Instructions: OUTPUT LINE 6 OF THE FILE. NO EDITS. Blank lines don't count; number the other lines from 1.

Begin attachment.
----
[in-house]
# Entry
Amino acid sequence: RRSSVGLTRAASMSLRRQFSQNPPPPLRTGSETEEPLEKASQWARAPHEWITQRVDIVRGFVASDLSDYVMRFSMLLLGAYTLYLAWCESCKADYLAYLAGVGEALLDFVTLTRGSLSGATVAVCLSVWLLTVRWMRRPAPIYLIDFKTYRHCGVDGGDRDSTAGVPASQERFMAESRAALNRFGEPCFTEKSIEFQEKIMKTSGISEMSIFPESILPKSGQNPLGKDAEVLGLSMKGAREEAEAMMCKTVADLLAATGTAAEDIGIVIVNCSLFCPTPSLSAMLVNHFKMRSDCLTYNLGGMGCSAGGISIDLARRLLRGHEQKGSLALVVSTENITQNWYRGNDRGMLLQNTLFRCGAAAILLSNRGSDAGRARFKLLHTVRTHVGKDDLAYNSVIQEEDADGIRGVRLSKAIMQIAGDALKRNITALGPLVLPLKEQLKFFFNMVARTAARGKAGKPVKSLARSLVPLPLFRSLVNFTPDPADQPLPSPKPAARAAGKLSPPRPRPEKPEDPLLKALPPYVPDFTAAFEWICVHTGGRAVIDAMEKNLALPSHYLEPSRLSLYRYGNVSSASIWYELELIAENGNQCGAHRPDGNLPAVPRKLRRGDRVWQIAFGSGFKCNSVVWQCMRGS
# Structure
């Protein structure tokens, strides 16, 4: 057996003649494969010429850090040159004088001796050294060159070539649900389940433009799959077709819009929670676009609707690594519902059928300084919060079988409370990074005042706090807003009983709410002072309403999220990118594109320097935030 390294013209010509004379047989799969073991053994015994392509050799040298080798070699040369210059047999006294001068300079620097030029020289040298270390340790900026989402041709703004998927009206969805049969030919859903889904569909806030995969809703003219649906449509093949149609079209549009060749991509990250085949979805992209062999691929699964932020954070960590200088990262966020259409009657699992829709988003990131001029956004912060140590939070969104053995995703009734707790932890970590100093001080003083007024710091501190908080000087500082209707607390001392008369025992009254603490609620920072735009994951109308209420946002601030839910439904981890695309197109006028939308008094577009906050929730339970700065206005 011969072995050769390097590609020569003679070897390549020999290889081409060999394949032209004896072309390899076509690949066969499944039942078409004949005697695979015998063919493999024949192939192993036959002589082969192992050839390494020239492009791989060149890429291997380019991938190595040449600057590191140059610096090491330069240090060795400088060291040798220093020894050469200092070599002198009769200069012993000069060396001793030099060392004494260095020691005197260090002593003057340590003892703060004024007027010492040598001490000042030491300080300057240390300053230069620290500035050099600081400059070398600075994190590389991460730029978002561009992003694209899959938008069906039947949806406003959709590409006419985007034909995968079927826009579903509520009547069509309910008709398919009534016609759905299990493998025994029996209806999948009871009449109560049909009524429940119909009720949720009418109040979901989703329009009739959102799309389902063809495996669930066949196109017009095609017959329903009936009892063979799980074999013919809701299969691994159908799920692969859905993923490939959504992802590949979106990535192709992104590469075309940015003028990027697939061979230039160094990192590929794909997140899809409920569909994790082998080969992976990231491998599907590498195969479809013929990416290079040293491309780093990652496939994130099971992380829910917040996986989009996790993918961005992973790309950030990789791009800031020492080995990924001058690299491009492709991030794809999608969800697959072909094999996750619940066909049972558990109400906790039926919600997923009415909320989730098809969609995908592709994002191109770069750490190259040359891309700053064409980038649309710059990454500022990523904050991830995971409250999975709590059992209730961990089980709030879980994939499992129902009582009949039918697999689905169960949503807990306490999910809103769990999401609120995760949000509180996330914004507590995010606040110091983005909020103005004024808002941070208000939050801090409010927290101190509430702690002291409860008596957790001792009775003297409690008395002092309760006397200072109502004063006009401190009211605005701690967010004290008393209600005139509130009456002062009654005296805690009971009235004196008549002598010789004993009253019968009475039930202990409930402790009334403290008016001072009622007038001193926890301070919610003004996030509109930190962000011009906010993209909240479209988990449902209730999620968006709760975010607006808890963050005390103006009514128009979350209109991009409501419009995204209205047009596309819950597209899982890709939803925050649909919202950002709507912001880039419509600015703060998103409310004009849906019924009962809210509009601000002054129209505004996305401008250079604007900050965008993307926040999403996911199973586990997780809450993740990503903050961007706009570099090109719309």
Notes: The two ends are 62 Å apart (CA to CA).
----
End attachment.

Notes: The two ends are 62 Å apart (CA to CA).